Every night before nine p.m., two lines form outside Vancouver’s Union Gospel Mission. One line is for men staying at the emergency shelter with a reserved bed. The other is for men hoping someone won’t show up so a space becomes free.
“When the beds are full you can’t get in.” explained 74-year old Terry Gilbrook. Gilbrook recently spent two weeks sleeping in Stanley Park because he couldn’t find a shelter space.
“There’s a lot of nights you couldn’t do nothing, couldn’t sleep, so you walked around to stay warm.” he said.
Gilbrook’s experience of being turned away from shelter is happening across British Columbia as facilities struggle to house the most vulnerable in the face of compounding crises: inflation, addiction, and a lack of mental health services. Homes are less affordable at all income levels — increasing demand for the most basic elements of housing: a mat, a blanket, and a roof on winter nights.
“We are looking at individuals who are at a place of desperate struggle and there’s more people who need help than ever before,” said Nicole Mucci, communications manager of Union Gospel Mission.
UGM’s emergency shelter has 72 permanent bunk-style beds, and each night staff place 20 mats on the floor of the drop-in centre to house additional men. In the last year, the shelter turned away someone more than 2,000 times, an average of six people a night. That’s a 45 per cent increase in turnaways over the previous year.
When there are no beds available, outreach worker Geoff Dejager phones other shelters in downtown Vancouver, but they are often full too.
“It’s heartbreaking,” he said. “You know someone is vulnerable and you know there is nowhere else they can go.”
It’s hard to keep track of how many people are turned away from shelters across the province, as each facility counts things differently, some have formal waitlists, and the same person may try to access a shelter more than once or reach out to several shelters on the same day.
But calls across the province reveal a network of non-profit organizations regularly at or exceeding capacity.
‘We don’t have enough spaces’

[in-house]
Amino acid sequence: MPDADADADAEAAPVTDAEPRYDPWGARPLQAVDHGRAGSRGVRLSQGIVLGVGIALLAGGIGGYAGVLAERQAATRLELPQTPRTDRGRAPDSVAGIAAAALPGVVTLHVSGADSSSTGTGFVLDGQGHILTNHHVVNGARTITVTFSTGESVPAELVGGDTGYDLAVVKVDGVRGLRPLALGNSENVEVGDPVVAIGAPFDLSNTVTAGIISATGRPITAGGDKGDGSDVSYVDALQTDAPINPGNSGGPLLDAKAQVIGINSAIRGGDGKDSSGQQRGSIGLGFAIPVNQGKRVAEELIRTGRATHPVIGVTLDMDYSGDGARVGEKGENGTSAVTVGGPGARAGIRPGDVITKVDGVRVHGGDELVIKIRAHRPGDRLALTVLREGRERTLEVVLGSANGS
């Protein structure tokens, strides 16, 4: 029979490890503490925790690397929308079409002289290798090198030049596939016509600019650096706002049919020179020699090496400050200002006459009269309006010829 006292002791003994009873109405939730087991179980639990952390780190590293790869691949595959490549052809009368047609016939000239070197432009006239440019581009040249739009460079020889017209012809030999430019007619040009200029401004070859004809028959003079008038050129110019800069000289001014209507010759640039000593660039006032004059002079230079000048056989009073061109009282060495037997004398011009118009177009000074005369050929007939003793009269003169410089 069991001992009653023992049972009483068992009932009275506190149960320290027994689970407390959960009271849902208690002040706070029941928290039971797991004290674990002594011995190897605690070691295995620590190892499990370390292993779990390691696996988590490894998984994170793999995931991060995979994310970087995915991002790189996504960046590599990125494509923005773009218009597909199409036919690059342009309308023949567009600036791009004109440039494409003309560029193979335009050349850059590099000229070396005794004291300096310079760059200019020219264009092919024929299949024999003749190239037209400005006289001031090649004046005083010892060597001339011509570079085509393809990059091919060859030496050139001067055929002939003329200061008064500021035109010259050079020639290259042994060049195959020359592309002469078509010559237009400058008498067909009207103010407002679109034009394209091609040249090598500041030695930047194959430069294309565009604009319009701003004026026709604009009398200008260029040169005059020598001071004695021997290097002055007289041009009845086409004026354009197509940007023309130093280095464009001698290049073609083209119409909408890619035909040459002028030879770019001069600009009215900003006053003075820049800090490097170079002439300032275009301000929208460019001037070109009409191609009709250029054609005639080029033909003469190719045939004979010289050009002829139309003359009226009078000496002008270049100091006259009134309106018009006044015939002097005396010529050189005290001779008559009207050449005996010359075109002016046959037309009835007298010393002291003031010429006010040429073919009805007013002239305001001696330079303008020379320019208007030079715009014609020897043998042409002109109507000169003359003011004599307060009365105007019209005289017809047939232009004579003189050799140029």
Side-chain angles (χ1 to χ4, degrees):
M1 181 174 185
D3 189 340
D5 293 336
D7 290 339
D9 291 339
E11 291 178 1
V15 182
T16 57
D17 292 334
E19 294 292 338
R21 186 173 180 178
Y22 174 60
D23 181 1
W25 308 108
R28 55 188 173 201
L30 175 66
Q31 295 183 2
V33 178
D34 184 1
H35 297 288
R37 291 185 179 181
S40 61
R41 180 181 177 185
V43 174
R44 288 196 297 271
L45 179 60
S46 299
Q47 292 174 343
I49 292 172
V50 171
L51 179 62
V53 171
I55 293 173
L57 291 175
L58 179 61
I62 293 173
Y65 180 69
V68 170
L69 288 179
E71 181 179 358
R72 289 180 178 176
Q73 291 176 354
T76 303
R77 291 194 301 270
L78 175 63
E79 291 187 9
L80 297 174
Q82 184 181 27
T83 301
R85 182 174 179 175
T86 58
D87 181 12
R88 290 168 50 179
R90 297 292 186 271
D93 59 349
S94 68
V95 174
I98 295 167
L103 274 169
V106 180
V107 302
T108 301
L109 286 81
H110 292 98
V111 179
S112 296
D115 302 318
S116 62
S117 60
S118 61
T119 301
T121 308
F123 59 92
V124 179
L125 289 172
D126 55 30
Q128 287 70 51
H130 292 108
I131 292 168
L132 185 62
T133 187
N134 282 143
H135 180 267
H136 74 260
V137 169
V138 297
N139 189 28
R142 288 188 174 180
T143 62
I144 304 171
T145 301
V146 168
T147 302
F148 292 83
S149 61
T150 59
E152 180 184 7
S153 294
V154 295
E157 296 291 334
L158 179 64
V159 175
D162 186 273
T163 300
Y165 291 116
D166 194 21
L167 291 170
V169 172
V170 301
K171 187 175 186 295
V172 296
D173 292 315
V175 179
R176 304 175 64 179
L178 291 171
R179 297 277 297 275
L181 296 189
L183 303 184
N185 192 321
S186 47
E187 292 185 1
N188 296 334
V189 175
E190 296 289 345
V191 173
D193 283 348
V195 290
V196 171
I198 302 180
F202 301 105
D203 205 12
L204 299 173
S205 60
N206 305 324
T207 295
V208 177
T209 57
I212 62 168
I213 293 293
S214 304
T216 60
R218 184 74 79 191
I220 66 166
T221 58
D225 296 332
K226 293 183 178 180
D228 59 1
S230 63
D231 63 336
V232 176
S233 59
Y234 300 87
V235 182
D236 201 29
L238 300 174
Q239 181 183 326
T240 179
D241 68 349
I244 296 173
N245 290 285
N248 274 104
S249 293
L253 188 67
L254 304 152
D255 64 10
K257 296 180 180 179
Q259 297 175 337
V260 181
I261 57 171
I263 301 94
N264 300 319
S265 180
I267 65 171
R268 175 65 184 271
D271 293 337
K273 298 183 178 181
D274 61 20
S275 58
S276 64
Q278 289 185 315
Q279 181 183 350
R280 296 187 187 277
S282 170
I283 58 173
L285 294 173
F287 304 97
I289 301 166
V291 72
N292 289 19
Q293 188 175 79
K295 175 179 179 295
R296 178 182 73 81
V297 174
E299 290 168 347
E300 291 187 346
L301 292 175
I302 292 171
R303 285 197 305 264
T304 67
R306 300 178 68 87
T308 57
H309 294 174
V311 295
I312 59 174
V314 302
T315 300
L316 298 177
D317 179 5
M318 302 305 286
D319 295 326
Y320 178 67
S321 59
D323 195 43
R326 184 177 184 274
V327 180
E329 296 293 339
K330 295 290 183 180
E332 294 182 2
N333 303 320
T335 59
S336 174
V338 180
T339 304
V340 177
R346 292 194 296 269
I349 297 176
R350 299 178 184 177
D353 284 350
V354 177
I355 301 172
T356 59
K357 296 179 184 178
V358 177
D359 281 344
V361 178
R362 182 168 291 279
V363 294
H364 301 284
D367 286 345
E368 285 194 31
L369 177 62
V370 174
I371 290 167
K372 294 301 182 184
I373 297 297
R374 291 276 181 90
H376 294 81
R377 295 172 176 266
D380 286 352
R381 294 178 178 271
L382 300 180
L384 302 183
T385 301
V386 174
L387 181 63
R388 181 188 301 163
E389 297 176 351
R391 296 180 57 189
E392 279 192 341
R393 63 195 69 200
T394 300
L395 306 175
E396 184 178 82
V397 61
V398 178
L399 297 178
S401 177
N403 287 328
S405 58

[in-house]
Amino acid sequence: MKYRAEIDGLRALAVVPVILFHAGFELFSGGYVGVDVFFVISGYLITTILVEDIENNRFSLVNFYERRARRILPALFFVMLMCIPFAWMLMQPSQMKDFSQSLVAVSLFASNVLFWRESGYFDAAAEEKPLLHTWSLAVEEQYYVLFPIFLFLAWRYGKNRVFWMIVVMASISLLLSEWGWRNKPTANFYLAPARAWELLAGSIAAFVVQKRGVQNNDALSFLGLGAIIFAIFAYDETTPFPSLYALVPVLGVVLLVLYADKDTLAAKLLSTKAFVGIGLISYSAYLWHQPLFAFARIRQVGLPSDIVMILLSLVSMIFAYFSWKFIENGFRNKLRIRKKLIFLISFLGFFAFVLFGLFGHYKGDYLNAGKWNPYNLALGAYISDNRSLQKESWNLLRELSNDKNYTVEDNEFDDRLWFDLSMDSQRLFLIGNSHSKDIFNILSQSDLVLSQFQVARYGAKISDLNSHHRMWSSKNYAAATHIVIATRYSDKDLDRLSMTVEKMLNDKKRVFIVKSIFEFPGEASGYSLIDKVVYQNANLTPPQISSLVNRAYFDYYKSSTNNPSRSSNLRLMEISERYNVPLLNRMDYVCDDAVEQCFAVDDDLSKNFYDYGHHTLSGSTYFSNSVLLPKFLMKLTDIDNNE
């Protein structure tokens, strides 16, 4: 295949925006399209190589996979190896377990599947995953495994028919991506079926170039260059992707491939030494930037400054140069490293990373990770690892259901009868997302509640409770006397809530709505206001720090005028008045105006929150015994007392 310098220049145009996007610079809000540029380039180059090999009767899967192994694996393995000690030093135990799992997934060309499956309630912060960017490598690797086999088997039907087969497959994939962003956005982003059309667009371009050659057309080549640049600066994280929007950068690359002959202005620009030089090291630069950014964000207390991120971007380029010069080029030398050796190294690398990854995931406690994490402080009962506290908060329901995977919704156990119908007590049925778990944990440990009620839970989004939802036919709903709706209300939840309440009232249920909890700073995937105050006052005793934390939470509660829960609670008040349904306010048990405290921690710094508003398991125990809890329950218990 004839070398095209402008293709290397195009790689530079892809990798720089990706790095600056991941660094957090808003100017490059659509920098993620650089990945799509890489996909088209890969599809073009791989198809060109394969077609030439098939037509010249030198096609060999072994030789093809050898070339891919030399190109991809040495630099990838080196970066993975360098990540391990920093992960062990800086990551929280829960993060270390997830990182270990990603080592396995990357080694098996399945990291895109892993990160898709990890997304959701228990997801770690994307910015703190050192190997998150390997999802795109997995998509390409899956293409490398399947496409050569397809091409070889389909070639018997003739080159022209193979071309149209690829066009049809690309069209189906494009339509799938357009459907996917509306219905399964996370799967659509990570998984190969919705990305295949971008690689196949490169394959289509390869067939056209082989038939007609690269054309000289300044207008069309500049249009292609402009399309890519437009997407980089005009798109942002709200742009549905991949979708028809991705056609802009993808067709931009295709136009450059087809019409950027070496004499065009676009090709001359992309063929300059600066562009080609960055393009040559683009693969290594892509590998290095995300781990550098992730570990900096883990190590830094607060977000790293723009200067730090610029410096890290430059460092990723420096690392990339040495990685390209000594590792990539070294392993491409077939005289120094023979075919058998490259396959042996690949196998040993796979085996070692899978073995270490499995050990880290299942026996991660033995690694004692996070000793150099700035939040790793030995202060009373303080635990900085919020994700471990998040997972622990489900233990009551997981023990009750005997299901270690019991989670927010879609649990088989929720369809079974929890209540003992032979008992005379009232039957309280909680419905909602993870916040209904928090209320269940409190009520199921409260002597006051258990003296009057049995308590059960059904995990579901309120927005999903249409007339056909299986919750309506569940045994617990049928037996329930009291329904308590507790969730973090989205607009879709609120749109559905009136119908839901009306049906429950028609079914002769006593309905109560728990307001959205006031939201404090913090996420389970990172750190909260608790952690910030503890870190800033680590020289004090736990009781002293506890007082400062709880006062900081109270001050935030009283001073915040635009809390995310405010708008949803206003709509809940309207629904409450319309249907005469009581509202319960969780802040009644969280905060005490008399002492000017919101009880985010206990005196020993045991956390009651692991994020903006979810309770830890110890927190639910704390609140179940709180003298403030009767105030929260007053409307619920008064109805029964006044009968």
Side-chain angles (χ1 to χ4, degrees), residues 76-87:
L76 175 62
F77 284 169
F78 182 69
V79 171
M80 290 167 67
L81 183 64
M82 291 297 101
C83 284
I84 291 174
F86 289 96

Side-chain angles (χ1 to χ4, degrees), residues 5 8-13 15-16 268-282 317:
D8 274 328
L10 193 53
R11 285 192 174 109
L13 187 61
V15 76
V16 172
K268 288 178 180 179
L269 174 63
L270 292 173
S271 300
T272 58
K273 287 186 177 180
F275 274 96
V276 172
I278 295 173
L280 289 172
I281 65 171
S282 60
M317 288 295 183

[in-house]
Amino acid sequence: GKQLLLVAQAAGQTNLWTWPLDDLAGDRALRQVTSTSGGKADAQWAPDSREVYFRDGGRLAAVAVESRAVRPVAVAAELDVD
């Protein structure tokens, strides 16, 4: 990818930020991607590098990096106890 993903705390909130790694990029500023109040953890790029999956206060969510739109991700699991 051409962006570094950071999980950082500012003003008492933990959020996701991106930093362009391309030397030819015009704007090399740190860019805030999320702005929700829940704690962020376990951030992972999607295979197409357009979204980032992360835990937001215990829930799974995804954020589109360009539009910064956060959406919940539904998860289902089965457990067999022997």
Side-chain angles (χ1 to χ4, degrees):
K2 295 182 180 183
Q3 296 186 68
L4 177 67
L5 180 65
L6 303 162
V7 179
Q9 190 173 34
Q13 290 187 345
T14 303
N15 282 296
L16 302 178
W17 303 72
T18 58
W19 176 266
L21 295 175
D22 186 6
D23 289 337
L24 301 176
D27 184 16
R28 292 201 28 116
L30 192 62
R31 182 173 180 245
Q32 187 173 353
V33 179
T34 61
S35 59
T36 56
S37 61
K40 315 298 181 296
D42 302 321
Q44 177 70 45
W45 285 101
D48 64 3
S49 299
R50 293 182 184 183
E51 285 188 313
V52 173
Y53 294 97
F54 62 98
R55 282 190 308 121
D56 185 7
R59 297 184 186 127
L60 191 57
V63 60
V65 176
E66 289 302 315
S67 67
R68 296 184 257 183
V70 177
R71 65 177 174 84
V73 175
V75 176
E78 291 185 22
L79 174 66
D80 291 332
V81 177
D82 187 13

Ruth and Naomi’s Mission in Chilliwack operates a co-ed emergency shelter with an official capacity of 26. Executive Director Scott Gaglardi says it regularly houses 50 people a night, sometimes as many as 60. Mats are placed on the dining room floor, inches apart, with dividers separating areas for men and women.
“It is a very tight squeeze, and it is done simply out of necessity.” He says they had turned people away in the fall when it was warmer, but don’t want to do that now that it’s cold outside.
Gaglardi estimates every night eight to 15 people staying at the shelter are from other cities, either fleeing colder temperatures in the north or more crowding closer to Vancouver.
The Mission Community Services Society in Mission, B.C., operates a shelter with 57 beds, expanding with an additional 12 during extreme weather.
“And still we have turn-aways,” said Executive Director Nate McCready. He estimates the average is roughly three people turned away a night, although some people may be turned away more than once in the same evening.
B.C. Housing, which funds most shelters in the province, admits this is a crisis.
“We don’t have enough spaces. That’s why people are sleeping on the street,” said Sarah Goldvine, B.C. Housing’s vice president of communications and public affairs.
The organization funds more than 4,000 permanent and temporary shelter spaces across the province, with an occupancy rate of 91 per cent. It is investing hundreds of millions of dollars in affordable housing projects, but the supply is not keeping up with demand.
“We see increased need right across what we refer to as the housing spectrum,” said Goldvine.
“And we see that need across the province.”
When Gilbrook arrived in Vancouver a few months ago, he thought he had enough money to stay in a hotel he’s stayed at before. But it had been sold, and there were no options for the same low price. He’s glad he has a reserved bed at Union Gospel Mission, especially now that the nights are colder.
“Whoever’s got a bed now is going to keep it,” he said. “They’re not gonna lose it, cause it means they’re out on the street so the shelters are going to be pretty well packed, every night.”
And some will inevitably be left in the cold.